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9. A Jacobite Christian of Antioch, in the thirteenth century after Christ, who was well acquainted with the Syriac and Latin languages, and also with mathematics and other sciences. He went first to the court of 'Aláu-d-Dín, sultán of the Seljuks in the kingdom of Rúm, in order to become his physician ; but not receiving from the prince the welcome he expected, he went on to Armenia, to the court of Constantine the father of King Hátem, and afterwards to one of the Latin emperors of Constantinople. Here he was loaded with riches and honours; but after a time he was seized with a great desire to revisit his friends and native country, and requested permission to return home. This was refused, so Theodorus took an opportunity of leaving the city by stealth, while the emperor was absent, and set sail for Acre. He was, however, compelled by stress of weather to put into a port where the emperor then happened to be, which had such an effect upon Theodorus that he poisoned himself. (Abú-l-Faraj, Hist. Dynast. p. 341 ; D'Herbelot, Bibl. Orient.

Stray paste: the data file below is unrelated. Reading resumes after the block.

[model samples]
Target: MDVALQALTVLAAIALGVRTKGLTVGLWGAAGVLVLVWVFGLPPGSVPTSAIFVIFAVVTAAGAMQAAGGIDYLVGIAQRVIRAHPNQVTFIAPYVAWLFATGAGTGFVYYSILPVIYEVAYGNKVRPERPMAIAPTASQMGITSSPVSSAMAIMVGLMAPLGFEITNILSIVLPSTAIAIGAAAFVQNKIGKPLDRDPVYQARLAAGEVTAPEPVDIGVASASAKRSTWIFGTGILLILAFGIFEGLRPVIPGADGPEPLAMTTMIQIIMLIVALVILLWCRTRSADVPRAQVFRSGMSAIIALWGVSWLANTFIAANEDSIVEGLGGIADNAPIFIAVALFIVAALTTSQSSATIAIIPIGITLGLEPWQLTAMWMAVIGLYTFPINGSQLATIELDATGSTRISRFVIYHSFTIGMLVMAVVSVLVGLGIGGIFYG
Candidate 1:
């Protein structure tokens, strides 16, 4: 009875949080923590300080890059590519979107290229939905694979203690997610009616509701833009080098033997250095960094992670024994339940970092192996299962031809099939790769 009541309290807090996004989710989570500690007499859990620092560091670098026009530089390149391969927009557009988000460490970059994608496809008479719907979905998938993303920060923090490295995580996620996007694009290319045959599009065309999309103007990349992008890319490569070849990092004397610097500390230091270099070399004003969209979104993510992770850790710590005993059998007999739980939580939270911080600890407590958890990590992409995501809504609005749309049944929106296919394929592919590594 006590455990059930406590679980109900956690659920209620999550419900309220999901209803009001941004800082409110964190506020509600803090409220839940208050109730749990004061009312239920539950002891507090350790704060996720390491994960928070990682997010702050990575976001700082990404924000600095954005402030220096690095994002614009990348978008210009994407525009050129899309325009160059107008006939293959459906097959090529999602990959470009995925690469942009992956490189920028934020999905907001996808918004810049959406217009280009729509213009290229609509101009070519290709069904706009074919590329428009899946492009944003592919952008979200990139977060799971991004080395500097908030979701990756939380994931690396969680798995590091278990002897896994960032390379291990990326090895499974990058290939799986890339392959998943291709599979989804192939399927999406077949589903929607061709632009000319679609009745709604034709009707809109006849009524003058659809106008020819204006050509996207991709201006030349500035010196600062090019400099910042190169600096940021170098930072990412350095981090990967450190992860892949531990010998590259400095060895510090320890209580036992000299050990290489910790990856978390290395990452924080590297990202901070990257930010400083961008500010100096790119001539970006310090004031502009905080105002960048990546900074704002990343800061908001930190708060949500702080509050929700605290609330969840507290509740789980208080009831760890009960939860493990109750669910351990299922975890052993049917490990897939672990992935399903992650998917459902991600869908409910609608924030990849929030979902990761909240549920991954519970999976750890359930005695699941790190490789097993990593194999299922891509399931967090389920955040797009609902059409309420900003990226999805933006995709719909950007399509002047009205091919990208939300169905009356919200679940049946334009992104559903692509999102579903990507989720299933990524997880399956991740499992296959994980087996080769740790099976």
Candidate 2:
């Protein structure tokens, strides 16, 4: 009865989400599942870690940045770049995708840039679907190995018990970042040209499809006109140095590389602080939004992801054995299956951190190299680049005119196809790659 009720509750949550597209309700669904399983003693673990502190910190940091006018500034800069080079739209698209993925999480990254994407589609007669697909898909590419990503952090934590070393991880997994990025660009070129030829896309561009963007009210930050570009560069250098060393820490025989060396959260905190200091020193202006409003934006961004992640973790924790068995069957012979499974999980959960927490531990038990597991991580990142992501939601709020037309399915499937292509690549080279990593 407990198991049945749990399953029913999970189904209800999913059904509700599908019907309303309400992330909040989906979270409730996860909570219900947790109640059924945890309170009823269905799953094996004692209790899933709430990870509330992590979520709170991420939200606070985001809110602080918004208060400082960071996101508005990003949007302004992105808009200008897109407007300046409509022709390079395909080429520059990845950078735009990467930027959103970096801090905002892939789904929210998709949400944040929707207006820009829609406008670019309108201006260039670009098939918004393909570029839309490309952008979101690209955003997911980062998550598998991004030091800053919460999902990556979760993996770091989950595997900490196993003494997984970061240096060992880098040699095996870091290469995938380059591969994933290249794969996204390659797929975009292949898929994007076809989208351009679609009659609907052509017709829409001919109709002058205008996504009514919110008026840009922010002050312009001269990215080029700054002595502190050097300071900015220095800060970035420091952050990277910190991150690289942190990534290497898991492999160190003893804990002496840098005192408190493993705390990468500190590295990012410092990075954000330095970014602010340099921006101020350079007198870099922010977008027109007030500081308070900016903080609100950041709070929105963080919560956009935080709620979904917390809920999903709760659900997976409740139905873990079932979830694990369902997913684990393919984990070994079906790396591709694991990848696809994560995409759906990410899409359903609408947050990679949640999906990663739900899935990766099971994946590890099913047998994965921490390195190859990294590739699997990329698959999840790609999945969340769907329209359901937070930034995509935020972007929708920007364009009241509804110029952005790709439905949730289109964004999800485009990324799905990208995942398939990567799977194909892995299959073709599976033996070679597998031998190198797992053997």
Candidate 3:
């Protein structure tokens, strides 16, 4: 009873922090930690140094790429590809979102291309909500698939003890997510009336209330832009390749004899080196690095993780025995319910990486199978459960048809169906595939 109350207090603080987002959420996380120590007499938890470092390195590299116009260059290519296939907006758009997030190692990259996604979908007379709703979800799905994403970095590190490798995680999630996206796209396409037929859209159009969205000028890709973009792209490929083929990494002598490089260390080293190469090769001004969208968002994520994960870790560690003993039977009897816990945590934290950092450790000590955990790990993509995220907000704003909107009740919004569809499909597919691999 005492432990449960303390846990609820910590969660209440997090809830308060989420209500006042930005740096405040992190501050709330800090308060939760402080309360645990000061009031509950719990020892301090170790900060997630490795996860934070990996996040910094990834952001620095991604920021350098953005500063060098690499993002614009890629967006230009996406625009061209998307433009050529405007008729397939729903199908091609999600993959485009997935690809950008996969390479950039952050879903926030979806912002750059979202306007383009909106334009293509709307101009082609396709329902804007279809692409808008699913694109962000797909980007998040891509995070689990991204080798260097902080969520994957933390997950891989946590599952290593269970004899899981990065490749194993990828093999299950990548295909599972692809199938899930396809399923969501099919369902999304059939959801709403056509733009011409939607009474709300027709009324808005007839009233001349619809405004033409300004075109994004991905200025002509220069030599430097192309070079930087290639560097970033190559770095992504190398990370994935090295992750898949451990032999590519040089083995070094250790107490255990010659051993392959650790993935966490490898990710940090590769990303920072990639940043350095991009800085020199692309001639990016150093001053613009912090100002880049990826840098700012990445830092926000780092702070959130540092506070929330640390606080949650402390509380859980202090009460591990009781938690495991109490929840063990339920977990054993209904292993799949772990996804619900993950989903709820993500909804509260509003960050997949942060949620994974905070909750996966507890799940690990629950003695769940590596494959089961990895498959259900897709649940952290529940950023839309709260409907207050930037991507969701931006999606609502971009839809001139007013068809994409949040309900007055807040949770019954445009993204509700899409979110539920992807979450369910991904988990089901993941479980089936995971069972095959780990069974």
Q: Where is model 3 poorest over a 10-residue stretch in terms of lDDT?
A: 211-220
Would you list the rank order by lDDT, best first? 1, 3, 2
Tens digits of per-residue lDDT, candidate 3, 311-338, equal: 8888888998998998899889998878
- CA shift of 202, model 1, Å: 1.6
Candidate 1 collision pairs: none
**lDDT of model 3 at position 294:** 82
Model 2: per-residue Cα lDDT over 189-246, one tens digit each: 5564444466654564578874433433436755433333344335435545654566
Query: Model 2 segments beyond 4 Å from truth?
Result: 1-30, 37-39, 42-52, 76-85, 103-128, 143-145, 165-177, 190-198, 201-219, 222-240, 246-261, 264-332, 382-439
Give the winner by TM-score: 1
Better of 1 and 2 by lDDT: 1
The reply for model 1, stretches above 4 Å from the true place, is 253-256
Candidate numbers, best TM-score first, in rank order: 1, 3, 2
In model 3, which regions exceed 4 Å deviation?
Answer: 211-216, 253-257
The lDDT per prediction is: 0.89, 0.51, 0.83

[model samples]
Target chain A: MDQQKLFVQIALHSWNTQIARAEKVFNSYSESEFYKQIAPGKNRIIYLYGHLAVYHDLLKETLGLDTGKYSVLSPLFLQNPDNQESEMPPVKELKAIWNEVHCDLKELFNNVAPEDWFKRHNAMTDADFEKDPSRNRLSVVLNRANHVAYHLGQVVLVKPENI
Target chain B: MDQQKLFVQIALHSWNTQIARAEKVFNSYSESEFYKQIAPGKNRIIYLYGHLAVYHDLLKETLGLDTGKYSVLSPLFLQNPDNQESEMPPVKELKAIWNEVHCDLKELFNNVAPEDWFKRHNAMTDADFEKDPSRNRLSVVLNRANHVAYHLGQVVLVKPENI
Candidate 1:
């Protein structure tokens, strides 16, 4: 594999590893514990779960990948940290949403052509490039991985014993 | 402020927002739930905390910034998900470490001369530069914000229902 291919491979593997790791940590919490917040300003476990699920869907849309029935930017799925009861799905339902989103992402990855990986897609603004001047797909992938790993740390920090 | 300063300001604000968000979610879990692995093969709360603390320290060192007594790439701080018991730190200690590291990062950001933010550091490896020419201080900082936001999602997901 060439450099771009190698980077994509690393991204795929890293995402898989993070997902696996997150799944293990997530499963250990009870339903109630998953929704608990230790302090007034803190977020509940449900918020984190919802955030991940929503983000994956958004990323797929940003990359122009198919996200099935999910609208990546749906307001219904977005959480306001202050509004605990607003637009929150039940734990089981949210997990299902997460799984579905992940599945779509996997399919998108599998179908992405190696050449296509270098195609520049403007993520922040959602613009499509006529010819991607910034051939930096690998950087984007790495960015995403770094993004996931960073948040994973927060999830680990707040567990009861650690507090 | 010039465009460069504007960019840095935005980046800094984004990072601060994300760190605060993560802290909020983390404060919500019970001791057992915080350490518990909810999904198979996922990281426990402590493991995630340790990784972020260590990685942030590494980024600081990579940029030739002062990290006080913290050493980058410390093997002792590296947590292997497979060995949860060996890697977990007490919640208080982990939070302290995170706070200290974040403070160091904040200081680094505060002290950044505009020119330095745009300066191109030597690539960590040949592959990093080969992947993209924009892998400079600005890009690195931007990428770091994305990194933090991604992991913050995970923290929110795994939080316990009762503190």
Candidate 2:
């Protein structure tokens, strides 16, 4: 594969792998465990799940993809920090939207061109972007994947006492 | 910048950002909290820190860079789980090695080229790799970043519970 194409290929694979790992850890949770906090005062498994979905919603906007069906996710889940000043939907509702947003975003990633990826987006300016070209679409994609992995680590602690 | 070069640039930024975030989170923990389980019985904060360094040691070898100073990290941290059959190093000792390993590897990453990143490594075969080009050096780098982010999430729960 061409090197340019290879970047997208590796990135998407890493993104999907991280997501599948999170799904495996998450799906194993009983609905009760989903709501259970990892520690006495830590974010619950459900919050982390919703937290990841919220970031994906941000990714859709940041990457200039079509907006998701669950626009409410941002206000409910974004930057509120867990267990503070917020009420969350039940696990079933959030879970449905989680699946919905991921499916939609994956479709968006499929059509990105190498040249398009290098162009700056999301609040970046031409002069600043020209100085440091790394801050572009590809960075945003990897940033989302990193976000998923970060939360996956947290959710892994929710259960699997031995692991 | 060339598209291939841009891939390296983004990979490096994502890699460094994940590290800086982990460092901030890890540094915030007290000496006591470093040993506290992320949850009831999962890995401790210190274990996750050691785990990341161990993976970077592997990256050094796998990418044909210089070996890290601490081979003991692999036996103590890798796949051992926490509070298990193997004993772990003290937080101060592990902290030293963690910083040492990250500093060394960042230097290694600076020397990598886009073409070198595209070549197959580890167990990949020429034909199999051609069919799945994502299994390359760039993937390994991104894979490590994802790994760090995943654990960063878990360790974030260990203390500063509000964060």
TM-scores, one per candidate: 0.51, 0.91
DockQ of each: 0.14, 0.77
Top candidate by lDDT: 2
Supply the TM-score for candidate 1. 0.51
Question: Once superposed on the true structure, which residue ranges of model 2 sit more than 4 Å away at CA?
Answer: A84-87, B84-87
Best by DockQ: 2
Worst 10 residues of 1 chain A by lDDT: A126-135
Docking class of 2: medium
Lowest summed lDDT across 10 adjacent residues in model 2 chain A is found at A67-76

Haller by some confusion makes two physicians out of this last Theodorus. (Bibl. Med. Pract. vol. i. pp. 311, 406.)


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